Sickness Management Using Lean Six Sigma
This topic contains 8 replies, has 3 voices, and was last updated by Charlie 11 months, 2 weeks ago.
- December 25, 2017 at 1:55 am #55904
I’m Green Belt trained but not very experienced. I’ve been looking at improving sickness absence in a Local Authority environment in one service area 500 FTEs high % of manual workers. I have the data, cost of sickness, type of sickness, days lost, carried out process mapping and made a significant improvements in process areas but not seen much change (at present) in the overall sickness levels. The rigger and discipline is in place after a number of training events. Do I now move into looking at the Policy or breaking down the long and short term for separate countermeasures.? Any advice would be welcomed.
Charlie TindillDecember 25, 2017 at 11:46 am #202084
It sounds like you have done a lot of measuring and checking but one thing I don’t see listed is the official (and enforced) policy with respect to coming into work sick. The biggest drop I’ve ever seen in sick day reduction and overall reduction in lost time work was the one place where management REALLY did not want you coming in to work sick and made it a point to tell you/order you to go home if you were sick and coughing and sneezing all over the place. Has this issue been considered and is a pro-active approach with respect to no sick people allowed being taken?December 26, 2017 at 5:37 am #202085
Robert, Thank you for your response, A policy is in place regarding coming into work whilst sick, however as you say, Is it really enforced especially around cold, flue symptoms,? I will have a look at this with my HR colleagues, thank you.
My only observations from the data though is the high rate of sickness amongst front line workers is muscular sceleto and the office/ social service environment was stress related” I will go back and look at the data around short term time due the above you have raised. Thank you for your response.December 26, 2017 at 5:42 am #202086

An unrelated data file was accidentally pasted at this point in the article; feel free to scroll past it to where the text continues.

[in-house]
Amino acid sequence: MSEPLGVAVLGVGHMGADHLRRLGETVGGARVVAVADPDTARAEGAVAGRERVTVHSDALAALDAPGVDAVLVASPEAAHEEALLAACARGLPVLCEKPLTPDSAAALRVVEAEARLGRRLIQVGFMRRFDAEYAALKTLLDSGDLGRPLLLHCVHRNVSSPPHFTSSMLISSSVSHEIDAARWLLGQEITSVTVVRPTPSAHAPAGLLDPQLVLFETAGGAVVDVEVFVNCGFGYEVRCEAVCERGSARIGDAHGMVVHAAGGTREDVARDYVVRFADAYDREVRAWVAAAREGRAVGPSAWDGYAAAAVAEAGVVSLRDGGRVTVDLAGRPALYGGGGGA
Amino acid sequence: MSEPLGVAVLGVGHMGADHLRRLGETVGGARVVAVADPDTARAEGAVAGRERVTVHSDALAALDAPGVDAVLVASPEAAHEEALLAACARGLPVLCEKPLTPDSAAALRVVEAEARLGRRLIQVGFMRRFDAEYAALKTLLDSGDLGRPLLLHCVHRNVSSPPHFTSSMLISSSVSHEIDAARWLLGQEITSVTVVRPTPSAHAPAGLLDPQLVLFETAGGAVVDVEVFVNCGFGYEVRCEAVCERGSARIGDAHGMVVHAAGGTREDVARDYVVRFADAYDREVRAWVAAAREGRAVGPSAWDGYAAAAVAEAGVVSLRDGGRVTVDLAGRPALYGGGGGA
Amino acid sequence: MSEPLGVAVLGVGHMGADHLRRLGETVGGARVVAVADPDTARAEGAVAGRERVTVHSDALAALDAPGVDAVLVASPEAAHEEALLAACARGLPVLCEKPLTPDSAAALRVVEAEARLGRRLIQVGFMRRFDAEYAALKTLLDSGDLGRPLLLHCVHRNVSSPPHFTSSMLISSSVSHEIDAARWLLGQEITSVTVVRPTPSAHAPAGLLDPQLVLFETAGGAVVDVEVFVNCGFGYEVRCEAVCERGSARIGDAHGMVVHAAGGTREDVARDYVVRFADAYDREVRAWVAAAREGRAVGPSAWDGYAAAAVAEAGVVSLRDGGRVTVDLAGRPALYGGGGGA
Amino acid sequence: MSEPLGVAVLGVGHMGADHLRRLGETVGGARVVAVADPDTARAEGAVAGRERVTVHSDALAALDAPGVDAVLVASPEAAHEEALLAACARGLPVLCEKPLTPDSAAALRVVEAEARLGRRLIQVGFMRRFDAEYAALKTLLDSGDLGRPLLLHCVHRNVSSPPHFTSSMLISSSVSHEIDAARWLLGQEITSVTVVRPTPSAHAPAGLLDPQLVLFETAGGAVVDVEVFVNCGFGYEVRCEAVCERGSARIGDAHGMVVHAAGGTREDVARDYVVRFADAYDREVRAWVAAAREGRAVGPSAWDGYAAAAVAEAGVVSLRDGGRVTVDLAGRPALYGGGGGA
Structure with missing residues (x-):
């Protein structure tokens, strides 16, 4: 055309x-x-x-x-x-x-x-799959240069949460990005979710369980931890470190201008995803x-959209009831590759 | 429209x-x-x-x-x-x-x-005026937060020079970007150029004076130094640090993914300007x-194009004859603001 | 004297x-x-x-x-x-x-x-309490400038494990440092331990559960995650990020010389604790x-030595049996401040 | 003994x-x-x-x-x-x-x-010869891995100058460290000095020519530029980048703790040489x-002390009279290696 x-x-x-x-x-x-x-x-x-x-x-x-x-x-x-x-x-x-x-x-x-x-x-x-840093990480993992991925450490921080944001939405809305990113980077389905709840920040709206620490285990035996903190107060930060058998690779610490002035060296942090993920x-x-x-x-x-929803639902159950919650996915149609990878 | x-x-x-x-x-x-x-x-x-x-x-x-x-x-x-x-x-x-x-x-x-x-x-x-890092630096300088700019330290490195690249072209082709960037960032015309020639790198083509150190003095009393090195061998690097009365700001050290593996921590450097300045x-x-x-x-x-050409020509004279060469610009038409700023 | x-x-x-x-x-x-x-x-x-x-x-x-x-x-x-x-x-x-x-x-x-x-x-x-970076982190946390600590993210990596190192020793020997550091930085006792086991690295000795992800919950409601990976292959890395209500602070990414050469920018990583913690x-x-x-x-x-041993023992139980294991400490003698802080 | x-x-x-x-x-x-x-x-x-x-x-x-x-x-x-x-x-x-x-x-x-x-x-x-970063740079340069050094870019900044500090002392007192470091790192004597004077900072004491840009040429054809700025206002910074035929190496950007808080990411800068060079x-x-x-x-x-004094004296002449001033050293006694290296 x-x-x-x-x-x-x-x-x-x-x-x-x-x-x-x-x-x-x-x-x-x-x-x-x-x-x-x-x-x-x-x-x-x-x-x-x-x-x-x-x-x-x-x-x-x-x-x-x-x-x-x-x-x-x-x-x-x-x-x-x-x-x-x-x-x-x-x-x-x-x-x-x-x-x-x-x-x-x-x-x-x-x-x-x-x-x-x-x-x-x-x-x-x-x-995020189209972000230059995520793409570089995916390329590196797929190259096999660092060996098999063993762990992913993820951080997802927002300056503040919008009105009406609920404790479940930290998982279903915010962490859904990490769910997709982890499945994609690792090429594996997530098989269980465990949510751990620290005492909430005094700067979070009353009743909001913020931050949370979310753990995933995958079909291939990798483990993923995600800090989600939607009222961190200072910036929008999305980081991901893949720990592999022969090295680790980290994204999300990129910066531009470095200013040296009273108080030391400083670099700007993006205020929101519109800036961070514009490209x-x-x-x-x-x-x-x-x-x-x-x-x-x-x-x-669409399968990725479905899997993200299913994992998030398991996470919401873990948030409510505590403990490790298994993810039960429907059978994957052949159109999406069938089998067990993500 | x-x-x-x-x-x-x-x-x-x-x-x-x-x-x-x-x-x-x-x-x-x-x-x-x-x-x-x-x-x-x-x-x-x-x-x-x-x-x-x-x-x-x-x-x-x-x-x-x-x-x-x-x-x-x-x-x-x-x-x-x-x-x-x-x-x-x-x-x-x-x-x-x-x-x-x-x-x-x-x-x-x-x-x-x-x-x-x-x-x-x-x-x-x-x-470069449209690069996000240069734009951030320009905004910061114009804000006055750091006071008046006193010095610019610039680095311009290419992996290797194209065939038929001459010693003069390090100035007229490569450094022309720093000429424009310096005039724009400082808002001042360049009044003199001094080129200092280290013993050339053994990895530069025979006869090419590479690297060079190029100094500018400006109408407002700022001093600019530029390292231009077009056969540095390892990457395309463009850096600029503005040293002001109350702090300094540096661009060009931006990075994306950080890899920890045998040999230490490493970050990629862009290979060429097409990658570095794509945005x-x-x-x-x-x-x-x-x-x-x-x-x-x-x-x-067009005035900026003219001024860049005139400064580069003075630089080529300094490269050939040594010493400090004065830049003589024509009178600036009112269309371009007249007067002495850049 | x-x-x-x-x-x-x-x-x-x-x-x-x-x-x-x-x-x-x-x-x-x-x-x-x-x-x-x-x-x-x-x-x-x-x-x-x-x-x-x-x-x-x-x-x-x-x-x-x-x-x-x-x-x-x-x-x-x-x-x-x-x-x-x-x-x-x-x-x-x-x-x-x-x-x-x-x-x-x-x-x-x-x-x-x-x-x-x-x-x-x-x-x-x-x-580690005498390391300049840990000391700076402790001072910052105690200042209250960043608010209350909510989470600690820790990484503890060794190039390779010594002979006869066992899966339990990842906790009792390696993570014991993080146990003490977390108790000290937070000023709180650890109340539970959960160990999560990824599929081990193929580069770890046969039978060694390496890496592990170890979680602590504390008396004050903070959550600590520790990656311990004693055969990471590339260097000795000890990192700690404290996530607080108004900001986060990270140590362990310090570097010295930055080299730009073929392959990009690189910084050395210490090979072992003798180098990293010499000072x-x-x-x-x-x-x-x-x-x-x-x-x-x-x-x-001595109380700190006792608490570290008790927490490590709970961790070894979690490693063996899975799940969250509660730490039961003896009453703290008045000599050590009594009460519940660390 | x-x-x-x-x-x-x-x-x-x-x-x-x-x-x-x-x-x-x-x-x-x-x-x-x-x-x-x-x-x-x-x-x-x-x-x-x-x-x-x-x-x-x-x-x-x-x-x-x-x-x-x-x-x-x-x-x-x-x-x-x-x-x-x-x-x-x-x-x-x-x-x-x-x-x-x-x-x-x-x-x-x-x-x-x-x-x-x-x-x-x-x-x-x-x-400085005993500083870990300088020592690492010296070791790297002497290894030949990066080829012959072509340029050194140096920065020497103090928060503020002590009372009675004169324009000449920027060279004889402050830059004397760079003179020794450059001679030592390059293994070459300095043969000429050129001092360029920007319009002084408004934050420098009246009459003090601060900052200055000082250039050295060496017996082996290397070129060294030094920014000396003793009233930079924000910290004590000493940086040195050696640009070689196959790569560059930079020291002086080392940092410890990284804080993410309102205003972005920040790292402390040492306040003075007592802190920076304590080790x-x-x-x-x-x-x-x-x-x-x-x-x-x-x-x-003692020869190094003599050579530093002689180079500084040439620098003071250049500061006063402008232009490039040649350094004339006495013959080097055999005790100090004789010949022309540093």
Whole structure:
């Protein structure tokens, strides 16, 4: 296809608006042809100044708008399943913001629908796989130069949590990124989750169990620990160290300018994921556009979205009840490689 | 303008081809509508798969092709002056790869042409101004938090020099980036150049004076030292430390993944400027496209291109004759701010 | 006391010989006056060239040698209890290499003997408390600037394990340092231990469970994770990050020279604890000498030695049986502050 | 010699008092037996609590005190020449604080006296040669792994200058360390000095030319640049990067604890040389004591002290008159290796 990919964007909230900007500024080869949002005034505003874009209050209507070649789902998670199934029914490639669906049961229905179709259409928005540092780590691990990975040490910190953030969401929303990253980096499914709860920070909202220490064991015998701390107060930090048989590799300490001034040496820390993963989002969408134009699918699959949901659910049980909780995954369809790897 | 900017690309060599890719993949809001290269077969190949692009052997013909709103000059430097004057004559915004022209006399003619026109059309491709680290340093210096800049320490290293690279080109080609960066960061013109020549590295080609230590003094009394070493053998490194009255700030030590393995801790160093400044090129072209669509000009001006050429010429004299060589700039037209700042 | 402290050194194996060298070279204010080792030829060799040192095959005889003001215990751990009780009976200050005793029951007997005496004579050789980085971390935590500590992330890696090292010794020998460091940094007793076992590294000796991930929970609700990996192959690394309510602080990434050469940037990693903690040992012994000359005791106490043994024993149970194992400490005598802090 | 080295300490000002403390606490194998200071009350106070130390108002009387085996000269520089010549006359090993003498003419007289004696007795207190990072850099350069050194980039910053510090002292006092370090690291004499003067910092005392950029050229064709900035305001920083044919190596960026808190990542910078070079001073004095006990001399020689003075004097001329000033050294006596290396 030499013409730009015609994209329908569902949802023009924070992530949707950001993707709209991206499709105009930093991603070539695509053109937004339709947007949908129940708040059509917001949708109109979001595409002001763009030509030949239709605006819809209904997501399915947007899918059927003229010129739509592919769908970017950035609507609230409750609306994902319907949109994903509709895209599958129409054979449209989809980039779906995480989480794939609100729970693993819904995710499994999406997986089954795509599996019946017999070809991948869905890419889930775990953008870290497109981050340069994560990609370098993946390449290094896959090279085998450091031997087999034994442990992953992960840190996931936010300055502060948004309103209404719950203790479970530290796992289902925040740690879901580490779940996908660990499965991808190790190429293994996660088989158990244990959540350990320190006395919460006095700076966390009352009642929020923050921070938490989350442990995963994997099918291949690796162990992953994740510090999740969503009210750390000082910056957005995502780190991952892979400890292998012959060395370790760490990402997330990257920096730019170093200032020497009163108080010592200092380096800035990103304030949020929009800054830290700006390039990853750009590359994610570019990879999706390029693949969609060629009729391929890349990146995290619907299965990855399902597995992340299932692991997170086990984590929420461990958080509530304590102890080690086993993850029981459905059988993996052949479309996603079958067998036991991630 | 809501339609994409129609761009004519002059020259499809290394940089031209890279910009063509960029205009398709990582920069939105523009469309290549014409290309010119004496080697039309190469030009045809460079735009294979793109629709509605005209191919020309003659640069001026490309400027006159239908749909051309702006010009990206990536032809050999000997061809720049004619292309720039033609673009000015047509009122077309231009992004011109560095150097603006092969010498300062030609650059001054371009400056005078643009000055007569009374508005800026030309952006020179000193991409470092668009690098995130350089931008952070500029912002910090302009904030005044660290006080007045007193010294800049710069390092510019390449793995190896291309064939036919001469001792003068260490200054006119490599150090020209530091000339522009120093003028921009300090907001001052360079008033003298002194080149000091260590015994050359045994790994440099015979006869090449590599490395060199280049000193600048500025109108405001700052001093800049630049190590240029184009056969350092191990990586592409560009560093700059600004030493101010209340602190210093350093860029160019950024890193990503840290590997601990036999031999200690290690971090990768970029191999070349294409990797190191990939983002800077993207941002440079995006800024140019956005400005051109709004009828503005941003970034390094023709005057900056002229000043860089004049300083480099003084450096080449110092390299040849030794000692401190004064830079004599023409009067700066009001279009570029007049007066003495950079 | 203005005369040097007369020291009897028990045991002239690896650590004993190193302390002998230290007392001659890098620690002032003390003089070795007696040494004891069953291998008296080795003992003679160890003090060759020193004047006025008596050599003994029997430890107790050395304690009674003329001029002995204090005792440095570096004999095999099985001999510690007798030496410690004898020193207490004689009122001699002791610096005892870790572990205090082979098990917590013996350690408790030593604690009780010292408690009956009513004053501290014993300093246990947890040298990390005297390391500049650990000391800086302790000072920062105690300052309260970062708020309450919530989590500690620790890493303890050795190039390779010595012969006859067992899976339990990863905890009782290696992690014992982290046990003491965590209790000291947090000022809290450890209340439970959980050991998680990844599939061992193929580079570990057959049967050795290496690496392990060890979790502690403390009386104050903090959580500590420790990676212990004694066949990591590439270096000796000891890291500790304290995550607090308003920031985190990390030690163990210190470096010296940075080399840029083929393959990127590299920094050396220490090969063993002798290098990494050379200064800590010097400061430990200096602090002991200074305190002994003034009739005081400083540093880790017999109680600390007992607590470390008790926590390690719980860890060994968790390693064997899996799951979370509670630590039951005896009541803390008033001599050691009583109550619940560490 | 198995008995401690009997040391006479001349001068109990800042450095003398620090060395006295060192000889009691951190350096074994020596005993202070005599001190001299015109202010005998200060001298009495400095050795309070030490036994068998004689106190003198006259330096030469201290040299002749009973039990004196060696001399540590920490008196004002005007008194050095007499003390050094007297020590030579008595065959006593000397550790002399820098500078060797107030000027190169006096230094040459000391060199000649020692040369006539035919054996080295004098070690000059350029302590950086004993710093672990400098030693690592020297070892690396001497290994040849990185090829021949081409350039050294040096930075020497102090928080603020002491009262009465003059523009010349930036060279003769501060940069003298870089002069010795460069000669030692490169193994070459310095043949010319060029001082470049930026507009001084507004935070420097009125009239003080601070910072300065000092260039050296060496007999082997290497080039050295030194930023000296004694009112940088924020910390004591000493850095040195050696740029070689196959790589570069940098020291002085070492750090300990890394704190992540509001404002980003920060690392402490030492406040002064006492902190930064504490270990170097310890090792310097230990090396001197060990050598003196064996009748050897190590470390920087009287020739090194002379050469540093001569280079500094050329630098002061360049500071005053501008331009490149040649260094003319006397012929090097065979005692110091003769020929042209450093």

Charlie TindillJanuary 1, 2018 at 11:52 am #202100
Hi Charlie — what did you find as root cause? I know leaders don’t like to hear it (may have to lead them to the answer gently), but absenteeism and turnover point to leadership issues. I don’t want to diagnose without seeing the organization, but certainly worth a look. Feel free to contact me if you would like to talk [ email@example.com ].
ArtJanuary 8, 2018 at 3:58 am #202116
There are number of things to look at:
1. Are the absenteeism related to one or few departments or across the departments. Did you collect data & check?
2. Are there any seasonality to data? Absenteeism are generally high during Christmas & New Year, Feburary, Easter, End of Bank Holiday. Did you check that?
3. What are the different types of sickness? Can the organisation help prevent them in future e.g. Better lighting, Chair etc. to providing flu jabs (if that is the most problematic issue. As cost of flu jabs will more than compensate the cost due to sickness).
Hope I have given you few pointers to think about..January 8, 2018 at 8:11 am #202118
I agree that all the data in the world will not help with this problem unless you can come to some root causes to attack.
There can be a culture of absenteeism where people see others call off frequently and without good cause and it increases their own likelihood of calling off. Calling off becomes accepted and part of the culture. There is a balance between sick time that is needed to avoid spreading illness to a whole department, and sick time that is use it or lose it time.
Is there a reward for unused sick time? Is there an ergonomics problem? Musculoskeletal issues point to overuse and ergonomics. Are these people getting flu shots? Do they have access to handwashing/sanitizer? There are many factors that can play a role, but sometimes it is simply that people are unhappy and stressed and that points to leadership.
Best of luck with this.January 8, 2018 at 9:16 am #202121
The questions others have posted are good places to start. Your charting is a critical component, but is only the first step. You must analyze the data to determine where to focus your investigation of root cause. It appears that you have physical strain on front line employees and “stress” related absenteeism in the office. (not sure who admits they are “out sick with stress”, but perhaps the data is real).
I suggest first attacking the ergonomic structure for both sides. Poor industrial ergonomics can be critical and costly beyond absences. If you do not have a local expert, there are multiple consultants that can come in and help. Engage the employees as well. Many times they know exactly what they need to be more comfortable and productive.
NicoleJanuary 8, 2018 at 12:01 pm #202122
Thank you very much Nicole
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